VMware vSphere – How to find floppy images (paravirtual SCSI)

Today’s blog post is about some tricks and treat. It’s soon Halloween, folks… Today i’m working in my vSphere homelab. I tried to create a virtual machine. Well, that wasn’t that complicated. More complex was to find the floppy images for providing the PVSCSI driver. You’ll need this driver when you’re creating a paravirtual SCSI storage controller within your virtual machine. A quick search provided a good VMware knowledgebase article which helped me. Gathering the floppy images was then easy as pie.

You can’t access the “vmimages” folders through storage browser, it shows to be empty. This is an expected behaviour because the vmimages search through vCenter Server is turned off in ESXi 4.0/4.1. And i just assume that it’s also turned off in newer ESXi versions, like 6.0 which i’m using in my homelab. Because i actually can’t find the “vmimages” folder. For my case i installed all my nested ESXi hosts from scratch, manually, so there shouldn’t be any issue. This should also happen in production environments.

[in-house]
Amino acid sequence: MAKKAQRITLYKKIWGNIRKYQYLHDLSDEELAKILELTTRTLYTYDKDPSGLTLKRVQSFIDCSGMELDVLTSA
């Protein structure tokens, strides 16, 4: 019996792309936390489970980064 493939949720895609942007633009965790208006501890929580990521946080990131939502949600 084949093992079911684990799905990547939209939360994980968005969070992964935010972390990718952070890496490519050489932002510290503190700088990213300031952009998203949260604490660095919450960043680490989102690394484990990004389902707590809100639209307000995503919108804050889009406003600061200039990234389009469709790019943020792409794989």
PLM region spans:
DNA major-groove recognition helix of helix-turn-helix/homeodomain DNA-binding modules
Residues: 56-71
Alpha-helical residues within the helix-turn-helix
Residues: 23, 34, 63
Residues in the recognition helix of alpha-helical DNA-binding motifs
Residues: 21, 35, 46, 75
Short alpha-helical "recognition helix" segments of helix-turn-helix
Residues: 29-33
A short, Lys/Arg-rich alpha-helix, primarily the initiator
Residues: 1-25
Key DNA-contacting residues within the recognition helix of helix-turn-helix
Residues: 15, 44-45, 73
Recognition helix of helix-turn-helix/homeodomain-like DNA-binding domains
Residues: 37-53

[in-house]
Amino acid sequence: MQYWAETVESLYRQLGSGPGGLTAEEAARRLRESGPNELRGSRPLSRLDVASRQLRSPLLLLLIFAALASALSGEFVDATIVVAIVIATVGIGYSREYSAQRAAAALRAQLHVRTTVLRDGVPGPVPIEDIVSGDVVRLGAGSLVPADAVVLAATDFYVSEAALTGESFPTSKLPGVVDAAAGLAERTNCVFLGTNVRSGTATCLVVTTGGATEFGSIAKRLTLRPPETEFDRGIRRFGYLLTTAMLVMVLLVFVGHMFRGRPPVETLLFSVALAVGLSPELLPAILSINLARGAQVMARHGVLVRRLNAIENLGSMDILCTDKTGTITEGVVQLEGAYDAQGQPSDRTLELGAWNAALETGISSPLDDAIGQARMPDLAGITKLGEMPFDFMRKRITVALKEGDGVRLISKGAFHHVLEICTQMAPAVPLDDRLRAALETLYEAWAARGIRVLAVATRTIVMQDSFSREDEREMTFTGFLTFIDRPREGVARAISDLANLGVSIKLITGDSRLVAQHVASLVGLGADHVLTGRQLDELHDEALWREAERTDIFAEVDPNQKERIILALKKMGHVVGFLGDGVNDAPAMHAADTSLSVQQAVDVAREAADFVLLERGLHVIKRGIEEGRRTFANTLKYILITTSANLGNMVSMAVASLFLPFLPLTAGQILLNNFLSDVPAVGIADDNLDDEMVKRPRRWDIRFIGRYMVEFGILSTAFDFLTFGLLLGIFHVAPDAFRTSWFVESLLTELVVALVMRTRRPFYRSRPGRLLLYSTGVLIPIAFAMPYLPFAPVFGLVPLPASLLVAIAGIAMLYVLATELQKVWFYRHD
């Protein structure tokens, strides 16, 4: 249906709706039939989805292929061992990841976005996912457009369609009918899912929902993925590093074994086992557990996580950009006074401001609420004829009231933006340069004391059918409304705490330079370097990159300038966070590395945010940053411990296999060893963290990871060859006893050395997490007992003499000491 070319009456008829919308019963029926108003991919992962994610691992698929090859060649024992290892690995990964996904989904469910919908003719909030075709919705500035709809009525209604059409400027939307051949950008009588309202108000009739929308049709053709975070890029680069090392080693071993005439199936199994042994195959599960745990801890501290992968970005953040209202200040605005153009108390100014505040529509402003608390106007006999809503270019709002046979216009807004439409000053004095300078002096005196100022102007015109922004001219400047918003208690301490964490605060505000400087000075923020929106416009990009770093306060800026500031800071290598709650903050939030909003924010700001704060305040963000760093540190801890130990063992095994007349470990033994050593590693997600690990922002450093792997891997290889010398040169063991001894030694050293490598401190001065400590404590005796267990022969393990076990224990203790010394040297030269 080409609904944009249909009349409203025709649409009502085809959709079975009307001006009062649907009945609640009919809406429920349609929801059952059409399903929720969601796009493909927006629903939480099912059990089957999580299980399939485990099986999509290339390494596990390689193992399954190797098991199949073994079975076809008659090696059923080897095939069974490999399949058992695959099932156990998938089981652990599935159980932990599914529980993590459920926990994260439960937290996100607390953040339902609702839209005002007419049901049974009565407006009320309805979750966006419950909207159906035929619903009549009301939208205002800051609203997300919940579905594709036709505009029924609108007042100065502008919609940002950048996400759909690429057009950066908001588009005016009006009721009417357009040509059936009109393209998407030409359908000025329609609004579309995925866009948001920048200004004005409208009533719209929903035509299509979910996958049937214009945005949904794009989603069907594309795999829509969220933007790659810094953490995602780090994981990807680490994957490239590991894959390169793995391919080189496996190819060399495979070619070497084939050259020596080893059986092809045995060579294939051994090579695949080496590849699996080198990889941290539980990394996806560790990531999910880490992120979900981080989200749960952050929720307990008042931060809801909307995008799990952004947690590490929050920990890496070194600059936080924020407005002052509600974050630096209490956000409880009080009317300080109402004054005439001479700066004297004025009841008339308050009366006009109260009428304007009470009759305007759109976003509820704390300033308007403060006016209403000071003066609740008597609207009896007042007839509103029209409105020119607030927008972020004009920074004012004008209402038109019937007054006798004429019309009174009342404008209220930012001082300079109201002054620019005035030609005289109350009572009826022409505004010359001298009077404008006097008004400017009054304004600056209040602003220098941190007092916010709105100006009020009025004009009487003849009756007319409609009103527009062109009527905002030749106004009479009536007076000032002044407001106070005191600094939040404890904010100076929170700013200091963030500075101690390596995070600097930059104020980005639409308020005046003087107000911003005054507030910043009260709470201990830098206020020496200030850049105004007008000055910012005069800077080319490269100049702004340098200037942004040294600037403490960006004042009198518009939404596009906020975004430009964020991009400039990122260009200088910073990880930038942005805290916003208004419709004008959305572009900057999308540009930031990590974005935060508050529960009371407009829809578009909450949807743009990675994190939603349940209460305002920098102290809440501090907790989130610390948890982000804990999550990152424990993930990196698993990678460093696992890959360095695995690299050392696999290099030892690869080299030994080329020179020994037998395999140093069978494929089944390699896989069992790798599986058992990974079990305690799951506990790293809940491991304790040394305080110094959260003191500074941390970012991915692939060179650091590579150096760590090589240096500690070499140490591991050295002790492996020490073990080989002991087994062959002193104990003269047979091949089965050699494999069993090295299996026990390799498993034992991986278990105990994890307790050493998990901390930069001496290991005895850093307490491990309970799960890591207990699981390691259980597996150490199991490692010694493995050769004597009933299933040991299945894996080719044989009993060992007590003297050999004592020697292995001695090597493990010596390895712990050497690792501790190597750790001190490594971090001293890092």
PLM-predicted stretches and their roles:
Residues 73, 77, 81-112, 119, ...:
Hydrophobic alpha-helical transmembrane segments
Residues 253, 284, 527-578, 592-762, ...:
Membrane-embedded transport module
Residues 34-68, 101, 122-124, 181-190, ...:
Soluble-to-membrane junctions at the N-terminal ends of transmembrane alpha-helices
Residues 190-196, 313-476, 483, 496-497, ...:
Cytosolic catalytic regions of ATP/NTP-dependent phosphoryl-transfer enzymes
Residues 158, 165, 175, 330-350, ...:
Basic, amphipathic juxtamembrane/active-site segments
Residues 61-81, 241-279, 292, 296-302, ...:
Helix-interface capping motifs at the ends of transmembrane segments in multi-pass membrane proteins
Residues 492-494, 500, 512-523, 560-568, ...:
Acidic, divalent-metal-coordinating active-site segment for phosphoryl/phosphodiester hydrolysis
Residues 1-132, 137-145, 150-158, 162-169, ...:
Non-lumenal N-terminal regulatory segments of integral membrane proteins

But now lets start to gather this folder. How do you get your hands on it? Let me show you.

Start putty and connect to one of your ESXi hosts (SSH service has to be enabled in the security profile / firewall on your ESXi host).

Run these two commands to create a folder on a datastore where you whish to store the images:

[sourcecode language=”plain” gutter=”true”]mkdir /vmfs/volumes/<datastore_name>/floppies
mkdir /vmfs/volumes/<datastore_name>/vmtools[/sourcecode]

Where <datastore_name> is the name of a shared datastore.

Run these commands to copy the contents of the original source folder to the newly created folder on the shared datastore:

[sourcecode language=”plain” gutter=”true”]cp /productLocker/floppies/*.flp /vmfs/volumes/<datastore_name>/floppies/
cp /productLocker/vmtools/*.iso /vmfs/volumes/<datastore_name>/vmtools/[/sourcecode]

Now you’re able to mount the floppy images in your VM to get access to the paravirtual SCSI driver.

Happy virtual machine creation, and Happy Halloween too 😉


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